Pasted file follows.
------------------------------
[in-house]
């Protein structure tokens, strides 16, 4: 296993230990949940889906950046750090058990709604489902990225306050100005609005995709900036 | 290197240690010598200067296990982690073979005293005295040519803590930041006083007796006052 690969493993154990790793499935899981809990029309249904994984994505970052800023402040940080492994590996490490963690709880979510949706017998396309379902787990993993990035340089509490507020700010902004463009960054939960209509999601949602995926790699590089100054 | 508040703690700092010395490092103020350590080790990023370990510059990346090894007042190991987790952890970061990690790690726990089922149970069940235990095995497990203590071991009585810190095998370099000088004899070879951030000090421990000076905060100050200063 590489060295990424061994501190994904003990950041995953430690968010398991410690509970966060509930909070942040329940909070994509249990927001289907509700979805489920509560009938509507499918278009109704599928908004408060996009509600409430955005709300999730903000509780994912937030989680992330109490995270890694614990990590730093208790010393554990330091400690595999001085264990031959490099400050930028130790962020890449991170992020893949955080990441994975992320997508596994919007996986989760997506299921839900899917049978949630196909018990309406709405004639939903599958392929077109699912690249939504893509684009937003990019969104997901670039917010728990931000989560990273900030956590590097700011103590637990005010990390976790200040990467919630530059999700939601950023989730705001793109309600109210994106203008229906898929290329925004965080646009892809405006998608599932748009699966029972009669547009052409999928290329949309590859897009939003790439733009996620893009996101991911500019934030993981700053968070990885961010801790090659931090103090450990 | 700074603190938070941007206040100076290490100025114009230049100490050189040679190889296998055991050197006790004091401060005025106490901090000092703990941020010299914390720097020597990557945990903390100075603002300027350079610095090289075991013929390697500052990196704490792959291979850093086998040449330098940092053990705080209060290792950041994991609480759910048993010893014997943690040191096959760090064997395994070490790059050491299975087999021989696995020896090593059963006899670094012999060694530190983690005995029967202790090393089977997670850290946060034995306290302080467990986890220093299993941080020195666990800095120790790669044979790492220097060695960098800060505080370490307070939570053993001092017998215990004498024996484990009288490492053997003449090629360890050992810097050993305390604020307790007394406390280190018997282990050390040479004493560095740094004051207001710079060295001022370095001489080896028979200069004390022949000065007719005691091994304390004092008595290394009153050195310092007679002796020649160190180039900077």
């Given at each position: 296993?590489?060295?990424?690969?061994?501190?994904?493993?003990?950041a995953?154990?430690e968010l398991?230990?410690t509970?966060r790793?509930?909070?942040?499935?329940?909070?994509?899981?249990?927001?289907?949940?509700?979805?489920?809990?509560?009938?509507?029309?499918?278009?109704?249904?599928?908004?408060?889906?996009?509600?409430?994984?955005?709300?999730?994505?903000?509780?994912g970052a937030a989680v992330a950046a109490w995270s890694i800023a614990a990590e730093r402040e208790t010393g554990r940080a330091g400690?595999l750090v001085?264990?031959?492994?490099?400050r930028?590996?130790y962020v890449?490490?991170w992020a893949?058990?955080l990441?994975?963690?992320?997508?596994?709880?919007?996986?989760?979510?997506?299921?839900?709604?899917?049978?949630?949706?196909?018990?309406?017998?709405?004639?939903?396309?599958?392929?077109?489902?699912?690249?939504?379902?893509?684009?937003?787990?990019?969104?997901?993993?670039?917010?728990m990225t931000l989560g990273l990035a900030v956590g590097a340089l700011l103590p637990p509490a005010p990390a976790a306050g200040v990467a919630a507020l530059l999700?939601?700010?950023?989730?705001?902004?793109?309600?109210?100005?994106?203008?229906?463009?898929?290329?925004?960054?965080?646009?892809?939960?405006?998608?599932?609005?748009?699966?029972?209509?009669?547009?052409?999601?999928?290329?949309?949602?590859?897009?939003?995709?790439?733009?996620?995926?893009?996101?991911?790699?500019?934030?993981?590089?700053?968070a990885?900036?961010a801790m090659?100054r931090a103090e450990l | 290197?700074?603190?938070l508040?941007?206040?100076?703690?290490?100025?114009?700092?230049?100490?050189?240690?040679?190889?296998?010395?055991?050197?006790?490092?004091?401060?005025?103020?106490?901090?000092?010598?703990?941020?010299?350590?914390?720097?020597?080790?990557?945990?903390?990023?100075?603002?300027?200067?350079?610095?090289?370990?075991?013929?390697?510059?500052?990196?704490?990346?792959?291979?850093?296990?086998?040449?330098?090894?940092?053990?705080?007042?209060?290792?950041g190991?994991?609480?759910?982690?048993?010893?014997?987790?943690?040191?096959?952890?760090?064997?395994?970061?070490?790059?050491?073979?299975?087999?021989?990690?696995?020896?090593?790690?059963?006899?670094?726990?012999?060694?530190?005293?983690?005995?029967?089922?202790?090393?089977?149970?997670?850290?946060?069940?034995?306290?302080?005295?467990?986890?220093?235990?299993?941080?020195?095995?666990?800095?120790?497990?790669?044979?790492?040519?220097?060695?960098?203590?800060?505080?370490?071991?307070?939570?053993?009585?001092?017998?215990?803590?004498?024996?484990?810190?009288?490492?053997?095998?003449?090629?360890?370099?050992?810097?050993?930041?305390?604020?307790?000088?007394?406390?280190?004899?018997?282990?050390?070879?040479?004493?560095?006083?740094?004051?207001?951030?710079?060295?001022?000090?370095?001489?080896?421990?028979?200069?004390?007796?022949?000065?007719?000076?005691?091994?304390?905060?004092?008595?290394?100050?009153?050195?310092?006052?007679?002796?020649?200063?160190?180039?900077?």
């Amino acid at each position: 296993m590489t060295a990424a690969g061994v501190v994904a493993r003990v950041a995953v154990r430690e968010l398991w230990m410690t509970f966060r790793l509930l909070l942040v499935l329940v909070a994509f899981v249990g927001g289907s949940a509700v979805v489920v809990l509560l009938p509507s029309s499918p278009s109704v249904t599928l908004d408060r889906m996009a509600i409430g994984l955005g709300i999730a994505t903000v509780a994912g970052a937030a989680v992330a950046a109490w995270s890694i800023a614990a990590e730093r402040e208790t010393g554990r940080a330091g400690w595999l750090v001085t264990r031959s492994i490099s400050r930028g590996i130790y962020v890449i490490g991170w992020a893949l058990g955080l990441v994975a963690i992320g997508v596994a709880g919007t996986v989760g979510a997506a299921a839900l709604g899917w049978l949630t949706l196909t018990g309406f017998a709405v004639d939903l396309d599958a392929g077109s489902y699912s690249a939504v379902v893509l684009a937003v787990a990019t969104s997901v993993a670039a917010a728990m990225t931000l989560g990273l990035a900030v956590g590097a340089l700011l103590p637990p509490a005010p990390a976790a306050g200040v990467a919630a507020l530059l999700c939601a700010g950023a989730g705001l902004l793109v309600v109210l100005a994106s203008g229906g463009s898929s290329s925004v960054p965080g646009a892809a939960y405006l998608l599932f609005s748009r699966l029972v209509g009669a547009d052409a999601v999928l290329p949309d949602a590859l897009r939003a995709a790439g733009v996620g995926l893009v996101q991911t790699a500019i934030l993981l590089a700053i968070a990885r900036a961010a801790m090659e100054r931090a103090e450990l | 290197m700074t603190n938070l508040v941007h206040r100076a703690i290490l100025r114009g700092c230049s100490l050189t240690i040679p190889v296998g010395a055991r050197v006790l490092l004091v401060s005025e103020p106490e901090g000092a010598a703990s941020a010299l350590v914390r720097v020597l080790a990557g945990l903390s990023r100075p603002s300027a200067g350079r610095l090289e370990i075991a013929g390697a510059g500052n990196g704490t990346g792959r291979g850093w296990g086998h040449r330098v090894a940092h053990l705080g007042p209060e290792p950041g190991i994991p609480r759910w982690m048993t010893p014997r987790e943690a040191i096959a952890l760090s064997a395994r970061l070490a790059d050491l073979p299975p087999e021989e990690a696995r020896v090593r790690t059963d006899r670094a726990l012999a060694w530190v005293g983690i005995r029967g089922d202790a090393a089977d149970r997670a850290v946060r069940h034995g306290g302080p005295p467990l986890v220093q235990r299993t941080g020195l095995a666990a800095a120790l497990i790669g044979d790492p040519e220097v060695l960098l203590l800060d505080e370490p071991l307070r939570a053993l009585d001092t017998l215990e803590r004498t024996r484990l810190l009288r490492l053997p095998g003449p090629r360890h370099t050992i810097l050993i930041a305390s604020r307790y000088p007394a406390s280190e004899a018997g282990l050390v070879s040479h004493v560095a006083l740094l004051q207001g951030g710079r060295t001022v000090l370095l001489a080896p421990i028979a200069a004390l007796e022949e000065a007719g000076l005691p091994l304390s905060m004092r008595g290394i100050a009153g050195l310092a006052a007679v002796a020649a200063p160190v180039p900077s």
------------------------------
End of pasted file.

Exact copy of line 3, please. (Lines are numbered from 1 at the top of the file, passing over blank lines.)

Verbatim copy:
């Given at each position: 296993?590489?060295?990424?690969?061994?501190?994904?493993?003990?950041a995953?154990?430690e968010l398991?230990?410690t509970?966060r790793?509930?909070?942040?499935?329940?909070?994509?899981?249990?927001?289907?949940?509700?979805?489920?809990?509560?009938?509507?029309?499918?278009?109704?249904?599928?908004?408060?889906?996009?509600?409430?994984?955005?709300?999730?994505?903000?509780?994912g970052a937030a989680v992330a950046a109490w995270s890694i800023a614990a990590e730093r402040e208790t010393g554990r940080a330091g400690?595999l750090v001085?264990?031959?492994?490099?400050r930028?590996?130790y962020v890449?490490?991170w992020a893949?058990?955080l990441?994975?963690?992320?997508?596994?709880?919007?996986?989760?979510?997506?299921?839900?709604?899917?049978?949630?949706?196909?018990?309406?017998?709405?004639?939903?396309?599958?392929?077109?489902?699912?690249?939504?379902?893509?684009?937003?787990?990019?969104?997901?993993?670039?917010?728990m990225t931000l989560g990273l990035a900030v956590g590097a340089l700011l103590p637990p509490a005010p990390a976790a306050g200040v990467a919630a507020l530059l999700?939601?700010?950023?989730?705001?902004?793109?309600?109210?100005?994106?203008?229906?463009?898929?290329?925004?960054?965080?646009?892809?939960?405006?998608?599932?609005?748009?699966?029972?209509?009669?547009?052409?999601?999928?290329?949309?949602?590859?897009?939003?995709?790439?733009?996620?995926?893009?996101?991911?790699?500019?934030?993981?590089?700053?968070a990885?900036?961010a801790m090659?100054r931090a103090e450990l | 290197?700074?603190?938070l508040?941007?206040?100076?703690?290490?100025?114009?700092?230049?100490?050189?240690?040679?190889?296998?010395?055991?050197?006790?490092?004091?401060?005025?103020?106490?901090?000092?010598?703990?941020?010299?350590?914390?720097?020597?080790?990557?945990?903390?990023?100075?603002?300027?200067?350079?610095?090289?370990?075991?013929?390697?510059?500052?990196?704490?990346?792959?291979?850093?296990?086998?040449?330098?090894?940092?053990?705080?007042?209060?290792?950041g190991?994991?609480?759910?982690?048993?010893?014997?987790?943690?040191?096959?952890?760090?064997?395994?970061?070490?790059?050491?073979?299975?087999?021989?990690?696995?020896?090593?790690?059963?006899?670094?726990?012999?060694?530190?005293?983690?005995?029967?089922?202790?090393?089977?149970?997670?850290?946060?069940?034995?306290?302080?005295?467990?986890?220093?235990?299993?941080?020195?095995?666990?800095?120790?497990?790669?044979?790492?040519?220097?060695?960098?203590?800060?505080?370490?071991?307070?939570?053993?009585?001092?017998?215990?803590?004498?024996?484990?810190?009288?490492?053997?095998?003449?090629?360890?370099?050992?810097?050993?930041?305390?604020?307790?000088?007394?406390?280190?004899?018997?282990?050390?070879?040479?004493?560095?006083?740094?004051?207001?951030?710079?060295?001022?000090?370095?001489?080896?421990?028979?200069?004390?007796?022949?000065?007719?000076?005691?091994?304390?905060?004092?008595?290394?100050?009153?050195?310092?006052?007679?002796?020649?200063?160190?180039?900077?």